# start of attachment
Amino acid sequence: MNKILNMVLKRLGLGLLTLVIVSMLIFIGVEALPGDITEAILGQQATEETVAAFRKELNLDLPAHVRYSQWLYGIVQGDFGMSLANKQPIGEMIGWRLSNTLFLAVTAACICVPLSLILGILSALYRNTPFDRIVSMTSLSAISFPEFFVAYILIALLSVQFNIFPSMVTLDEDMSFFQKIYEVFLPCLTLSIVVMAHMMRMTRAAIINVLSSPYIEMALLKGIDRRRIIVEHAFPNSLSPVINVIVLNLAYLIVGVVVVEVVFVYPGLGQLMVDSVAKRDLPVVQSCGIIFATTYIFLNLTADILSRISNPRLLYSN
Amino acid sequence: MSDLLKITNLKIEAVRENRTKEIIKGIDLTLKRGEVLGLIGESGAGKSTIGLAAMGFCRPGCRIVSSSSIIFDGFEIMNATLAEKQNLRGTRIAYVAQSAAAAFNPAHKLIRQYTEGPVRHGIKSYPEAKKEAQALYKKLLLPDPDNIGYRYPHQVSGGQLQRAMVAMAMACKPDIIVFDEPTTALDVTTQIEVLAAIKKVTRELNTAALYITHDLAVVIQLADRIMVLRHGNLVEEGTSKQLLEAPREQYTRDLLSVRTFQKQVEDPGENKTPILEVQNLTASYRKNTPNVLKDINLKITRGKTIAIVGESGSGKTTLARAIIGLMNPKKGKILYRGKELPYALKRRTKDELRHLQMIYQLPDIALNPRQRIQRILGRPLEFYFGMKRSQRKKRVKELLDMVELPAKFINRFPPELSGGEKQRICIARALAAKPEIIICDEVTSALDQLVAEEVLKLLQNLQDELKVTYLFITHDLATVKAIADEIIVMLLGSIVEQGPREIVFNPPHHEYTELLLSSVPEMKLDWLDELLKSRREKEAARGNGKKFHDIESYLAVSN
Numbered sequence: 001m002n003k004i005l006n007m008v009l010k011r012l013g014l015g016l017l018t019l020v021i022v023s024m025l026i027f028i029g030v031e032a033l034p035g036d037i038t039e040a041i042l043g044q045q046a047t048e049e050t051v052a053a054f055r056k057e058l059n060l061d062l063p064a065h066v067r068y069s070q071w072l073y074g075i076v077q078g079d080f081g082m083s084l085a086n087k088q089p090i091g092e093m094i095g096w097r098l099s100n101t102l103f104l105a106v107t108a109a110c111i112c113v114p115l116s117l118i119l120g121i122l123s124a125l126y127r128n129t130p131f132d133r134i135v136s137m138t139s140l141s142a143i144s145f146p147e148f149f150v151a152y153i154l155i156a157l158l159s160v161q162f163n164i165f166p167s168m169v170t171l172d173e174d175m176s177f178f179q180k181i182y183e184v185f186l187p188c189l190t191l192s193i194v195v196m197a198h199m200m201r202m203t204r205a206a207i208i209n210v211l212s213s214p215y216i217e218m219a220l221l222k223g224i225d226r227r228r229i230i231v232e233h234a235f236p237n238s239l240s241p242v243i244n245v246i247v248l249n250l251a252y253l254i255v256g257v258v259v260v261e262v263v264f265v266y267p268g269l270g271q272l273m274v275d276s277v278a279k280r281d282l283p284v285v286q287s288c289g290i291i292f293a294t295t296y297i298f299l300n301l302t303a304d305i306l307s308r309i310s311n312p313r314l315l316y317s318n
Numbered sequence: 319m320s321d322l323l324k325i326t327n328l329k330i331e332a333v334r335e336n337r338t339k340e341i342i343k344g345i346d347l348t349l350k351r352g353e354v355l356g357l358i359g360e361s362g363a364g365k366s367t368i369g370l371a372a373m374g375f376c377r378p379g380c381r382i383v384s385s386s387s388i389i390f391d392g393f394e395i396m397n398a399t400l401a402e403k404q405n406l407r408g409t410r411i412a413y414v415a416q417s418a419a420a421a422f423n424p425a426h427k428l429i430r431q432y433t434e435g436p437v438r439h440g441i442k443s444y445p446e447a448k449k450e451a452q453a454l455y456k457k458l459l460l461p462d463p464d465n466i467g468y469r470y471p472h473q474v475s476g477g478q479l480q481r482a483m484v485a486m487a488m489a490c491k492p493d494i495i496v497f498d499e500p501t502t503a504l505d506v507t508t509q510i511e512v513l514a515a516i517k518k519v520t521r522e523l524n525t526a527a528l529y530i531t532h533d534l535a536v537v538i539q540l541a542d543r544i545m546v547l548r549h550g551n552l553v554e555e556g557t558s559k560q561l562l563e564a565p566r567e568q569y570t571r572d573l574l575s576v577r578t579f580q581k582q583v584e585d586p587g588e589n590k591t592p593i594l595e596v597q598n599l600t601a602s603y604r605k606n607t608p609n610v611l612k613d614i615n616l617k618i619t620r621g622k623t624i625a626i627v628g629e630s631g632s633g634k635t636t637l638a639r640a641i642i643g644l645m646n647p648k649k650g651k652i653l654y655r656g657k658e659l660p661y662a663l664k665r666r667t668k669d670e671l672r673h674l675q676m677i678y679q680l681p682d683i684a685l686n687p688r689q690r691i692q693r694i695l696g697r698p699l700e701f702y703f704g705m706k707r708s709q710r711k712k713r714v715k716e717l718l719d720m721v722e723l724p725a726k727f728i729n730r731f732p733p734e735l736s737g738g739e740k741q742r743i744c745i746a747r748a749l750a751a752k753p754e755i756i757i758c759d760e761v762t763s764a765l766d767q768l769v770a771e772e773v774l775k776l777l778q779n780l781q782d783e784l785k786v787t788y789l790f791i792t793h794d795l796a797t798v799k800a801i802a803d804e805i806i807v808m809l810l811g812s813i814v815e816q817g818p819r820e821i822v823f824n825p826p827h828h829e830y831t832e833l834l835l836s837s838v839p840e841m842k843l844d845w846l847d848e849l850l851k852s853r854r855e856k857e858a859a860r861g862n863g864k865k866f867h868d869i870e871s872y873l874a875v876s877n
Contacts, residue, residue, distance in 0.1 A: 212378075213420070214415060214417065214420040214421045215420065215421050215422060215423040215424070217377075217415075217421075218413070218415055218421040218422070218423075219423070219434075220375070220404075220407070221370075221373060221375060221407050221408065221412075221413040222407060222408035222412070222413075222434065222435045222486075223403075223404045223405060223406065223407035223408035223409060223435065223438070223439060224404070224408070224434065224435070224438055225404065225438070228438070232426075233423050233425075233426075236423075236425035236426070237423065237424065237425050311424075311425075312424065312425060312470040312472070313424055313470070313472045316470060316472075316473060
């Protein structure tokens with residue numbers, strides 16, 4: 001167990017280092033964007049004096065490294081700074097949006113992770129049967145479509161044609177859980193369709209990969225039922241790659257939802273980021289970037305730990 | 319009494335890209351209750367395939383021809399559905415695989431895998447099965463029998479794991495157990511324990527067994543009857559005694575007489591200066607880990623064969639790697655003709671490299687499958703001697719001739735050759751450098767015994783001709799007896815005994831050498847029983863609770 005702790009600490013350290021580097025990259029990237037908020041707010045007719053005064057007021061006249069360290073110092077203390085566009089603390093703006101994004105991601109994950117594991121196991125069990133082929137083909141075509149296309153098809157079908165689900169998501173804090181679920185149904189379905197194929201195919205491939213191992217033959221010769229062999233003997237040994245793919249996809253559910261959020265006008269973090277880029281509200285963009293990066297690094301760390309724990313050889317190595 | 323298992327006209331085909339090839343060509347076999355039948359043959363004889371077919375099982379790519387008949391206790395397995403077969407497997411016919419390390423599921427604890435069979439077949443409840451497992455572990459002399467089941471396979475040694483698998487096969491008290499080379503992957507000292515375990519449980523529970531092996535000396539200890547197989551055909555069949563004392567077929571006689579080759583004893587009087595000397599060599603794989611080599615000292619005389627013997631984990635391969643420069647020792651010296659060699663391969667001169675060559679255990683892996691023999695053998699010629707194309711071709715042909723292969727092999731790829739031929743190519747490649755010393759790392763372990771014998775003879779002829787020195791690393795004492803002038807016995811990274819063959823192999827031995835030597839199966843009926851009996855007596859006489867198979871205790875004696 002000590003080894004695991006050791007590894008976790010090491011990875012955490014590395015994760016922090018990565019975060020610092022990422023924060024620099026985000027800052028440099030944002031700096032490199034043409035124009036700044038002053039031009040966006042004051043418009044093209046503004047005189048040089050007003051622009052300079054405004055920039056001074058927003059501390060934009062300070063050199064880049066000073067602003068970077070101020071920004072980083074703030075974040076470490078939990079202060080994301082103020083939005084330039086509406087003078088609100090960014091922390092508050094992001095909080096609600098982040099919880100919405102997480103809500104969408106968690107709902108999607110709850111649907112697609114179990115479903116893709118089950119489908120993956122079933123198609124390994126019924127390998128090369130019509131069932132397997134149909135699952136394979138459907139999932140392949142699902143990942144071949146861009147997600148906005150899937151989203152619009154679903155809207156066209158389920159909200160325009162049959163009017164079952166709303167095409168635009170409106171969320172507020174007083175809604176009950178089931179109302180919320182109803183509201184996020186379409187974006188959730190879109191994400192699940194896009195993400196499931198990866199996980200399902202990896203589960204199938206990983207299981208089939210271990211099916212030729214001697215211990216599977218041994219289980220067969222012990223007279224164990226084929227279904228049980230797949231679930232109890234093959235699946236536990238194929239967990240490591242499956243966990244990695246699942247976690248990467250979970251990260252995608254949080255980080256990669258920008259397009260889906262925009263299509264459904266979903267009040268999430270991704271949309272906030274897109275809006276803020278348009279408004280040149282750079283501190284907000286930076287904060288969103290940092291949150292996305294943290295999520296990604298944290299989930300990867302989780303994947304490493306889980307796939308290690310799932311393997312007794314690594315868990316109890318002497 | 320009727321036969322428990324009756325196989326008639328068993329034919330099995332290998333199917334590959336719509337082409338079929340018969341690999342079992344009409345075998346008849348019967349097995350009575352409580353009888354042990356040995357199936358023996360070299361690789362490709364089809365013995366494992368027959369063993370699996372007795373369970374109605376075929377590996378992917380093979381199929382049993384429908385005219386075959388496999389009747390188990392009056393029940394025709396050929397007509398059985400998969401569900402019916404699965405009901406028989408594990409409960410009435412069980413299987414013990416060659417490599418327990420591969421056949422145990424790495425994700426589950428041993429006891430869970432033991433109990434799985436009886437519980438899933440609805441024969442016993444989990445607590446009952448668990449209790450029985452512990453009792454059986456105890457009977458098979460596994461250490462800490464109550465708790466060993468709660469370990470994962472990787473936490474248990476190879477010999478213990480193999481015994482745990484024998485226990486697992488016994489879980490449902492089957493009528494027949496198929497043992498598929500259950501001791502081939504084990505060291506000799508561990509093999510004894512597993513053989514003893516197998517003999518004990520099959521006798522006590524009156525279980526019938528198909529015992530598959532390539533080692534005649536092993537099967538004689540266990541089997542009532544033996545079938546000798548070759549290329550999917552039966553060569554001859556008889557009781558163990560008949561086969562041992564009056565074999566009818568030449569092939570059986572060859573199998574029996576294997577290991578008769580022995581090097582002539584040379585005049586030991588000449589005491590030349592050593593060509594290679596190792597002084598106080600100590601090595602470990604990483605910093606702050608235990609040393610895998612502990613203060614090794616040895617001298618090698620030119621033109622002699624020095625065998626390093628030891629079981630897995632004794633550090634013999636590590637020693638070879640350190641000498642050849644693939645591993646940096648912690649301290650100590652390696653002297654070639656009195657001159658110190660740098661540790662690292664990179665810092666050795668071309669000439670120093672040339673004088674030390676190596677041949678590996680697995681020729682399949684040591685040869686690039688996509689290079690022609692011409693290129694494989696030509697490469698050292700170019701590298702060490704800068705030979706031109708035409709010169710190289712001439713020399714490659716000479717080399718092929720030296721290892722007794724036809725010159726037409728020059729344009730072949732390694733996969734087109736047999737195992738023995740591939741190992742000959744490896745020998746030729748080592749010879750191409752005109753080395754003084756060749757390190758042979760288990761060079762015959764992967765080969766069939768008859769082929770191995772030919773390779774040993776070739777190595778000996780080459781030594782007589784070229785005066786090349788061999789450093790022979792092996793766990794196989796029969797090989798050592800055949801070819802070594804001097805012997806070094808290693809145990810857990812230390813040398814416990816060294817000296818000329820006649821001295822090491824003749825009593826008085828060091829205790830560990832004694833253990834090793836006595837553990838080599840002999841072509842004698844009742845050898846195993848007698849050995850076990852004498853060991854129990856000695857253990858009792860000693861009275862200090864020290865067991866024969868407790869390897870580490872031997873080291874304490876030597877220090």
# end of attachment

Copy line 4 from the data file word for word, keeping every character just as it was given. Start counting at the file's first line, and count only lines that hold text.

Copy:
Numbered sequence: 319m320s321d322l323l324k325i326t327n328l329k330i331e332a333v334r335e336n337r338t339k340e341i342i343k344g345i346d347l348t349l350k351r352g353e354v355l356g357l358i359g360e361s362g363a364g365k366s367t368i369g370l371a372a373m374g375f376c377r378p379g380c381r382i383v384s385s386s387s388i389i390f391d392g393f394e395i396m397n398a399t400l401a402e403k404q405n406l407r408g409t410r411i412a413y414v415a416q417s418a419a420a421a422f423n424p425a426h427k428l429i430r431q432y433t434e435g436p437v438r439h440g441i442k443s444y445p446e447a448k449k450e451a452q453a454l455y456k457k458l459l460l461p462d463p464d465n466i467g468y469r470y471p472h473q474v475s476g477g478q479l480q481r482a483m484v485a486m487a488m489a490c491k492p493d494i495i496v497f498d499e500p501t502t503a504l505d506v507t508t509q510i511e512v513l514a515a516i517k518k519v520t521r522e523l524n525t526a527a528l529y530i531t532h533d534l535a536v537v538i539q540l541a542d543r544i545m546v547l548r549h550g551n552l553v554e555e556g557t558s559k560q561l562l563e564a565p566r567e568q569y570t571r572d573l574l575s576v577r578t579f580q581k582q583v584e585d586p587g588e589n590k591t592p593i594l595e596v597q598n599l600t601a602s603y604r605k606n607t608p609n610v611l612k613d614i615n616l617k618i619t620r621g622k623t624i625a626i627v628g629e630s631g632s633g634k635t636t637l638a639r640a641i642i643g644l645m646n647p648k649k650g651k652i653l654y655r656g657k658e659l660p661y662a663l664k665r666r667t668k669d670e671l672r673h674l675q676m677i678y679q680l681p682d683i684a685l686n687p688r689q690r691i692q693r694i695l696g697r698p699l700e701f702y703f704g705m706k707r708s709q710r711k712k713r714v715k716e717l718l719d720m721v722e723l724p725a726k727f728i729n730r731f732p733p734e735l736s737g738g739e740k741q742r743i744c745i746a747r748a749l750a751a752k753p754e755i756i757i758c759d760e761v762t763s764a765l766d767q768l769v770a771e772e773v774l775k776l777l778q779n780l781q782d783e784l785k786v787t788y789l790f791i792t793h794d795l796a797t798v799k800a801i802a803d804e805i806i807v808m809l810l811g812s813i814v815e816q817g818p819r820e821i822v823f824n825p826p827h828h829e830y831t832e833l834l835l836s837s838v839p840e841m842k843l844d845w846l847d848e849l850l851k852s853r854r855e856k857e858a859a860r861g862n863g864k865k866f867h868d869i870e871s872y873l874a875v876s877n